Aubra Anthony is a senior fellow in the Technology and International Affairs Program at Carnegie, where she researches the human impacts of digital technology, specifically considering social implications of the rapid evolution of digital technologies and data-driven approaches in emerging markets. Aubra works to better understand how the global development and adoption of technology can be made more inclusive, rights-respecting, and secure.
Prior to joining Carnegie, Aubra worked at the U.S. Agency for International Development. As strategy and research lead in the Innovation, Technology, and Research Hub at USAID, Aubra led a team of PhD researchers to investigate influential trends in digital development and responsible use of emerging technologies. Aubra led the development of the agency’s first-ever Digital Strategy, reflecting inputs and engagement from over 100 colleagues across more than nineteen independent D.C.-based offices and 25 USAID missions worldwide. Aubra also led research and published findings on responsible use of artificial intelligence (AI) and machine learning in international development and humanitarian assistance, subsequently leading the translation of this research into USAID’s first-ever AI Action Plan, launched by Administrator Samantha Power in May 2022.
Aubra has been invited to speak and write on issues of inclusion and ethics in the context of AI and other emerging technologies in international development at various domestic and international fora (Columbia SIPA, World Bank, Berkeley CEGA, UN AI for Global Good Summit, SXSW EDU, Georgetown Law, and others). Before departing USAID, she chaired the International Development Innovation Alliance’s Emerging Technology Working Group and served on the AI for the Planet Advisory Board. As a AAAS science and technology policy fellow with USAID’s Global Development Lab, Aubra served as the technical lead for the agency on the Data Revolution and the Global Partnership for Sustainable Development Data. Before joining the federal government, Aubra was a Hatfield Scholar with the Center for Democracy and Technology, researching domestic privacy threats posed by technologically enhanced approaches to surveillance coupled with outdated telecommunications surveillance policy.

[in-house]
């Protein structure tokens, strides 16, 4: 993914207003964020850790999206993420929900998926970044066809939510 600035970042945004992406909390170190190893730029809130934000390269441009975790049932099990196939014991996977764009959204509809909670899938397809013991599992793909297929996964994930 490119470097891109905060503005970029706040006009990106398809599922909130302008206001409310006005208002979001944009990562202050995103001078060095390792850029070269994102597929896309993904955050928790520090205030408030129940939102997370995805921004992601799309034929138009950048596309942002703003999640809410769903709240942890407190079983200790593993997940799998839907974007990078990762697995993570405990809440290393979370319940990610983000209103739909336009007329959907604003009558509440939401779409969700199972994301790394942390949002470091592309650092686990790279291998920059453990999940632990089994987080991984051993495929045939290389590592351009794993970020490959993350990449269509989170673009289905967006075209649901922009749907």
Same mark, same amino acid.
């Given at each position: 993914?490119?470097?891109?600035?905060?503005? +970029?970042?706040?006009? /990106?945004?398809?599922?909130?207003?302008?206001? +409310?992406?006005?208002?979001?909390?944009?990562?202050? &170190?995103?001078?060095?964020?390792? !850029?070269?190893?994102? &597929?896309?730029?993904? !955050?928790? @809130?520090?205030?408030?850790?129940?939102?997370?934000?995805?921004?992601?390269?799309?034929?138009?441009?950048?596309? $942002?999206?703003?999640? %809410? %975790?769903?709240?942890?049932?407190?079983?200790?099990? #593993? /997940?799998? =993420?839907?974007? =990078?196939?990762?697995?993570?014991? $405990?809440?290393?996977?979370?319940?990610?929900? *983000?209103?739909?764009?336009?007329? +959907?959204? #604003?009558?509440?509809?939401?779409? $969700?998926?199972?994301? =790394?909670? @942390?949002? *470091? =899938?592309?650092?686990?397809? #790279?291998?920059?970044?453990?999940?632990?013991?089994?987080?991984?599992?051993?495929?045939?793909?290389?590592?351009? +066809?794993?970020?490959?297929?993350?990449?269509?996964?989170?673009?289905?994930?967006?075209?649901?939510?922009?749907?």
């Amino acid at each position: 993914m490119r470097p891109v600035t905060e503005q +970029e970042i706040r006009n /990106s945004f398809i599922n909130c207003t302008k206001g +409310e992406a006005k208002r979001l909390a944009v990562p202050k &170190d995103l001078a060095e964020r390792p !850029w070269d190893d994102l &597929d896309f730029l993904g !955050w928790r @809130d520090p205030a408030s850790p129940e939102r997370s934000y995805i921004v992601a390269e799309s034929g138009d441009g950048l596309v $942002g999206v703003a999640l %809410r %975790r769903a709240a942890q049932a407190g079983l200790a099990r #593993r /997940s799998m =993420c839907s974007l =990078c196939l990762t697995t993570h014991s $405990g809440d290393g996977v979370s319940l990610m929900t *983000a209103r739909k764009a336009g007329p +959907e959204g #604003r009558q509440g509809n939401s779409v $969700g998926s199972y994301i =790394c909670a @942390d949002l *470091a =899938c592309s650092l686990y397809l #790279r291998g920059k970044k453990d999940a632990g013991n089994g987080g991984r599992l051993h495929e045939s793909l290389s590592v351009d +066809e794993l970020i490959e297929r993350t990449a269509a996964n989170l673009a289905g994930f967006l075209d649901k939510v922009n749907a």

Aubra received her PhD in physics from the University of Texas at Austin, working with a Nobel-prize-winning international neutrino physics experiment. As a postdoctoral researcher with the University of Colorado, she served as data analysis coordinator on an international observational cosmology collaboration before turning to technology policy as a research affiliate with the Center for Science and Technology Policy Research.